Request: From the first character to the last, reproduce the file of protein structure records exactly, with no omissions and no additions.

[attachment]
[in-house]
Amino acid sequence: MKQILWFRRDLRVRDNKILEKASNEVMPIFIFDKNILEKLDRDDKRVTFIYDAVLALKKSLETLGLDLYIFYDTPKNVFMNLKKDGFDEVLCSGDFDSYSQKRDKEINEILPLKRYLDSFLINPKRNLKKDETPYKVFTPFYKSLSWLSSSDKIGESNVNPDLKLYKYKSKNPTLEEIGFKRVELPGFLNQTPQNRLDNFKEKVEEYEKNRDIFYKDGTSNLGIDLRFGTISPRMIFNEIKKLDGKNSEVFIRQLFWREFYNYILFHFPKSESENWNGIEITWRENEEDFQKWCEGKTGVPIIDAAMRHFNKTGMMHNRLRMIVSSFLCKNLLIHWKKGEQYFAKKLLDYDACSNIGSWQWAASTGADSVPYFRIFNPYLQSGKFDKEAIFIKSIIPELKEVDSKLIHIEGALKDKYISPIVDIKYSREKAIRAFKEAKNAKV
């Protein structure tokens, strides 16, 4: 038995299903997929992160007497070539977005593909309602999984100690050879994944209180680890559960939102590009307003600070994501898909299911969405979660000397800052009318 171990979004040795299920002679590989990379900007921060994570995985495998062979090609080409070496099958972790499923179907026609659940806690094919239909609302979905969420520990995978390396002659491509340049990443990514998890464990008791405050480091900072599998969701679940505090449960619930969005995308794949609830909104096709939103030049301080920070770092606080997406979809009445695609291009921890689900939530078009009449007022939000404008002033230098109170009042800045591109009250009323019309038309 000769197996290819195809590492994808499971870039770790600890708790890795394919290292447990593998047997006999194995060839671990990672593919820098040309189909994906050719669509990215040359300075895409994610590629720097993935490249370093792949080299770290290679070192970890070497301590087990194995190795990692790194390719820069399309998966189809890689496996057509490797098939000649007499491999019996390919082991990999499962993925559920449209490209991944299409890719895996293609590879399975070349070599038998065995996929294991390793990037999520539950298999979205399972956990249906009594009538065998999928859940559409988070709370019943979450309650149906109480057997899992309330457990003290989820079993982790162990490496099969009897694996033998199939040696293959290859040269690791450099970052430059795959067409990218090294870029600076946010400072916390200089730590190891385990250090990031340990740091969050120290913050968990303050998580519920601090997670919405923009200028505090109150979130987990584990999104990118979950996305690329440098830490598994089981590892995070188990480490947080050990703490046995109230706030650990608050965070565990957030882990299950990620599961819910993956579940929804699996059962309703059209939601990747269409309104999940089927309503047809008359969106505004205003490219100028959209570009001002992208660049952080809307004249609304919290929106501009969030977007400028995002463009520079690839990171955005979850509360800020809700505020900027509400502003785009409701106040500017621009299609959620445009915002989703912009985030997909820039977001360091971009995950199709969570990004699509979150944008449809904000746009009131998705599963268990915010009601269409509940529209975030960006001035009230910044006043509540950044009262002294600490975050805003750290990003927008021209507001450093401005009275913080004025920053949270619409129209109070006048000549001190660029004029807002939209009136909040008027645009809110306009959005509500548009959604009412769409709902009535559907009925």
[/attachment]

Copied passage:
[in-house]
Amino acid sequence: MKQILWFRRDLRVRDNKILEKASNEVMPIFIFDKNILEKLDRDDKRVTFIYDAVLALKKSLETLGLDLYIFYDTPKNVFMNLKKDGFDEVLCSGDFDSYSQKRDKEINEILPLKRYLDSFLINPKRNLKKDETPYKVFTPFYKSLSWLSSSDKIGESNVNPDLKLYKYKSKNPTLEEIGFKRVELPGFLNQTPQNRLDNFKEKVEEYEKNRDIFYKDGTSNLGIDLRFGTISPRMIFNEIKKLDGKNSEVFIRQLFWREFYNYILFHFPKSESENWNGIEITWRENEEDFQKWCEGKTGVPIIDAAMRHFNKTGMMHNRLRMIVSSFLCKNLLIHWKKGEQYFAKKLLDYDACSNIGSWQWAASTGADSVPYFRIFNPYLQSGKFDKEAIFIKSIIPELKEVDSKLIHIEGALKDKYISPIVDIKYSREKAIRAFKEAKNAKV
């Protein structure tokens, strides 16, 4: 038995299903997929992160007497070539977005593909309602999984100690050879994944209180680890559960939102590009307003600070994501898909299911969405979660000397800052009318 171990979004040795299920002679590989990379900007921060994570995985495998062979090609080409070496099958972790499923179907026609659940806690094919239909609302979905969420520990995978390396002659491509340049990443990514998890464990008791405050480091900072599998969701679940505090449960619930969005995308794949609830909104096709939103030049301080920070770092606080997406979809009445695609291009921890689900939530078009009449007022939000404008002033230098109170009042800045591109009250009323019309038309 000769197996290819195809590492994808499971870039770790600890708790890795394919290292447990593998047997006999194995060839671990990672593919820098040309189909994906050719669509990215040359300075895409994610590629720097993935490249370093792949080299770290290679070192970890070497301590087990194995190795990692790194390719820069399309998966189809890689496996057509490797098939000649007499491999019996390919082991990999499962993925559920449209490209991944299409890719895996293609590879399975070349070599038998065995996929294991390793990037999520539950298999979205399972956990249906009594009538065998999928859940559409988070709370019943979450309650149906109480057997899992309330457990003290989820079993982790162990490496099969009897694996033998199939040696293959290859040269690791450099970052430059795959067409990218090294870029600076946010400072916390200089730590190891385990250090990031340990740091969050120290913050968990303050998580519920601090997670919405923009200028505090109150979130987990584990999104990118979950996305690329440098830490598994089981590892995070188990480490947080050990703490046995109230706030650990608050965070565990957030882990299950990620599961819910993956579940929804699996059962309703059209939601990747269409309104999940089927309503047809008359969106505004205003490219100028959209570009001002992208660049952080809307004249609304919290929106501009969030977007400028995002463009520079690839990171955005979850509360800020809700505020900027509400502003785009409701106040500017621009299609959620445009915002989703912009985030997909820039977001360091971009995950199709969570990004699509979150944008449809904000746009009131998705599963268990915010009601269409509940529209975030960006001035009230910044006043509540950044009262002294600490975050805003750290990003927008021209507001450093401005009275913080004025920053949270619409129209109070006048000549001190660029004029807002939209009136909040008027645009809110306009959005509500548009959604009412769409709902009535559907009925």